In addition to comfort, we want to keep the element of fun too! The inside of the busses will have things such as kid’s movies, video games, coloring books, various toys and healthy snacks. Part of the “Star Treatment” means that the children will get care packages from different bands. Each time the child gets picked up they can look forward to t-shirts, posters, CDs, or maybe a signed teddy bear from a different band. Even a 10 second video of the band saying something like, “Stay strong! You can get through this! We believe in you!” Anything fun or creative that these artists can think of. There will always be something for them to look forward to as they experience this very special way to travel. The idea is to have the children get to the hospital with a happy heart, instead of being overcome with nerves and anxiety.

With this transportation in place (and driver included), it is possible for other people to chaperone the trips. If it lands within the work week, the child’s grandparents can opt to ride along. Having options like this could help these families retain a sense of normality or keep the parents from having to take too much time off from work. There is enough room on the bus (typically 12 bunk beds) that the child could have a few schoolmates ride along for support and company. This could be fun over summer break! Each trip could be something a little different.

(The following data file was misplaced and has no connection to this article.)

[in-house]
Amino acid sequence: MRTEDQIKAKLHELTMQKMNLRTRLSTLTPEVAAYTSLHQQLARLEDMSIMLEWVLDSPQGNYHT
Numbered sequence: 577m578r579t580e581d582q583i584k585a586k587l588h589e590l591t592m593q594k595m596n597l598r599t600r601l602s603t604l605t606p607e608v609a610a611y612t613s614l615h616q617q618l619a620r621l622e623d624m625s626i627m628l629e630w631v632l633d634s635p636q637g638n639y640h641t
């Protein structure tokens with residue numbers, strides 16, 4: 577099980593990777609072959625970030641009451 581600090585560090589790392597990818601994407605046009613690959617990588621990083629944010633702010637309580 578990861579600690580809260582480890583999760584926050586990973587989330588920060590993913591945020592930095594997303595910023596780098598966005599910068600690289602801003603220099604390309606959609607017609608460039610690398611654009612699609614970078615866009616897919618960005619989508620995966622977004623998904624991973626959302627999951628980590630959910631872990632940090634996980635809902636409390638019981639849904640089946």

I am starting by finding bus companies to work with. If they own 12 busses and only have 10 leased out, I can offer them a tax write off for a bus that would otherwise be sitting. Most drivers (in their downtime) are very willing to write off a few drives. My goal however, is to own a bus that has only ONE purpose, and is always stocked up and ready. Then, a fleet of busses, all in different regions of the U.S. to continually pick up and drop off these families. They could use the hospitals as hubs and make multiple runs each day. I can already see a bus pulling up with the words “StarTreatments.org” written down the side of it! I want to get bands, artists, athletes and even celebrities involved. I think it’s a fantastic way to take the spotlight that’s on them and divert it in the direction of someone who really deserves it. Giving them the star treatment, helping their families financially and keeping their attitudes positive will all greatly impact the healing process. I encourage all of you to share this with your friends, families, communities, celebrities, or anyone you feel could help! Thank you for taking the time to read this.

~Matt DiRito, Founder

Contact Us

If you would like to reach out to the Star Treatments staff, feel free to contact us at This email address is being protected from spambots. You need JavaScript enabled to view it.!

ABOUT US

An organization that provides a VIP transportation experience for children battling cancer to medical facilities.
SHARE US

Donations and Contact Info

Help Fund Star Treatments!
ALL donations are tax deductible under IRS code: section 501(c)(3).

Star Treatments
P.O. Box 5412
Muskegon, MI 49445-5412

General contact This email address is being protected from spambots. You need JavaScript enabled to view it.